GWERU has become the latest city to experience serious water shortages caused by drying up of supply dams after Bulawayo and as usual, it appears the local authority is grappling for answers at the 11th hour.
The Midlands capital’s major source of water Gwenero Dam is 1,2% full, forcing the city to rely on Amapongokwe Dam for 90% of its supplies.
However, the Gweru City Council has noted that this would not be sustainable because the piping system from Amapongokwe Dam was not designed for the levels of water that have to be pumped from the reservoir.
Assistant town clerk Tapiwa Marerwa told Southern Eye at the weekend that at current consumption levels, the city could run out of water by month end.
He said council was also not able to pump enough water even from Amapokongokwe Dam because only two of the four pumps were fully functional.
Marerwa appealed to residents to change their consumption rates to conserve the little water that is available.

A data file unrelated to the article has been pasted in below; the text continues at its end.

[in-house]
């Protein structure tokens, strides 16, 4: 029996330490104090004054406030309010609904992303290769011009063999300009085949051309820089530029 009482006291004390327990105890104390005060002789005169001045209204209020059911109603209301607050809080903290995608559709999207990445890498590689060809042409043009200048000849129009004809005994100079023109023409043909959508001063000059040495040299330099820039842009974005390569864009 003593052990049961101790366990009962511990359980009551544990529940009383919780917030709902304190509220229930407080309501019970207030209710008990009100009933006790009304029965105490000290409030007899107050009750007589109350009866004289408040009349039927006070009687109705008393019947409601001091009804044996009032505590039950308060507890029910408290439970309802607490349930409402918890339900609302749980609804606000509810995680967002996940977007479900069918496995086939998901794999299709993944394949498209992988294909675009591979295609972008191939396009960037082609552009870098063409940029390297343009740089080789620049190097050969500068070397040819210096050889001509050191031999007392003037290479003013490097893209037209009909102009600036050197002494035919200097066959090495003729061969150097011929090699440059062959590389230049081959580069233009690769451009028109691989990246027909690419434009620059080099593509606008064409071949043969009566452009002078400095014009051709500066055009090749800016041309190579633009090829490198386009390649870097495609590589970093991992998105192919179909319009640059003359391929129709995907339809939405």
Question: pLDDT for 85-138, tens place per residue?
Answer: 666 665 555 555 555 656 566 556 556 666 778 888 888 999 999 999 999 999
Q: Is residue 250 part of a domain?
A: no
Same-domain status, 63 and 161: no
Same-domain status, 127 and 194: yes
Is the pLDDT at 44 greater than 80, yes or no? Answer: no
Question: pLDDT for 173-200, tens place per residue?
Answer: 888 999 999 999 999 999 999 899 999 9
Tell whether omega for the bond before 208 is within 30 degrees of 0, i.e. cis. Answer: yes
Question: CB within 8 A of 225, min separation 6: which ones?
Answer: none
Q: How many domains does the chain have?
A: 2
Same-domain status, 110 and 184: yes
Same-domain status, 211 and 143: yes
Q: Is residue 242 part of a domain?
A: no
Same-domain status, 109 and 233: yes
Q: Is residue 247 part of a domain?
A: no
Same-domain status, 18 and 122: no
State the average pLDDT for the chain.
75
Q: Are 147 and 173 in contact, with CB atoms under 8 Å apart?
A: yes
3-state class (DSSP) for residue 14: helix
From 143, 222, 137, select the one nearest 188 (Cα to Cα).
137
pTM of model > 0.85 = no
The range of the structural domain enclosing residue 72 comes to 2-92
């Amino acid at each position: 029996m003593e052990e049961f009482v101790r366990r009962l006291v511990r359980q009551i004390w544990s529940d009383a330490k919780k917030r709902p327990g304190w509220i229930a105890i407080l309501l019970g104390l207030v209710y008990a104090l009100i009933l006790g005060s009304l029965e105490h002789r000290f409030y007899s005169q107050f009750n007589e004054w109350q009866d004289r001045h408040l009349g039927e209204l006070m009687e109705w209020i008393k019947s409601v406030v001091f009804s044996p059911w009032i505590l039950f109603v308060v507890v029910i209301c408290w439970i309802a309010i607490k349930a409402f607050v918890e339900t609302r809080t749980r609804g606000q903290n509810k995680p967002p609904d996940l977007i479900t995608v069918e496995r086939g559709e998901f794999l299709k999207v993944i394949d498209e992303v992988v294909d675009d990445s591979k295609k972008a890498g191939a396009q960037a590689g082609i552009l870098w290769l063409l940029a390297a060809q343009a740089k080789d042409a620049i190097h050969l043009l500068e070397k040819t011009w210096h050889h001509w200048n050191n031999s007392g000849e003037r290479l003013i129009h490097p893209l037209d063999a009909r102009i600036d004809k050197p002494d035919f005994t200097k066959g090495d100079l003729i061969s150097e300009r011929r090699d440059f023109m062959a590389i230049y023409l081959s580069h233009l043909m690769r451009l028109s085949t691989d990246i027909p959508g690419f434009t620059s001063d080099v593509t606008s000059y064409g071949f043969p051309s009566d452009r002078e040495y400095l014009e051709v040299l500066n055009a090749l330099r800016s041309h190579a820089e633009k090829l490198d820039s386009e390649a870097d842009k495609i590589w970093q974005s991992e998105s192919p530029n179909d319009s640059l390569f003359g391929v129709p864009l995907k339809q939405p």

To mitigate the crisis, the local authority plans to drill 31 boreholes, but is yet to secure a $138 000 loan to undertake the project.
This problem is not peculiar to Gweru. Zimbabwe’s major cities – Harare and Bulawayo- have been facing perennial water shortages for the past two decades.
Like Gweru, Bulawayo has outgrown its five supply dams, most of which dry up a few months after the end of the rainy season.
The connection of Mtshabezi Dam to the city’s water system in July has done little to alleviate the crisis in Bulawayo.
Successive Zanu PF governments, not the much talked about sanctions, are to blame for the crisis the country’s major cities are facing in terms of water supply.
The water infrastructure in most urban centres was put in place by the colonial government. In the case of Bulawayo, the last dam was built before independence in 1980.
Mtshabezi Dam was not meant for Bulawayo.
The government has to wake up from its slumber and explore lasting solutions to the water problems that have not only spawned disease outbreaks, but have also seriously affected the economy.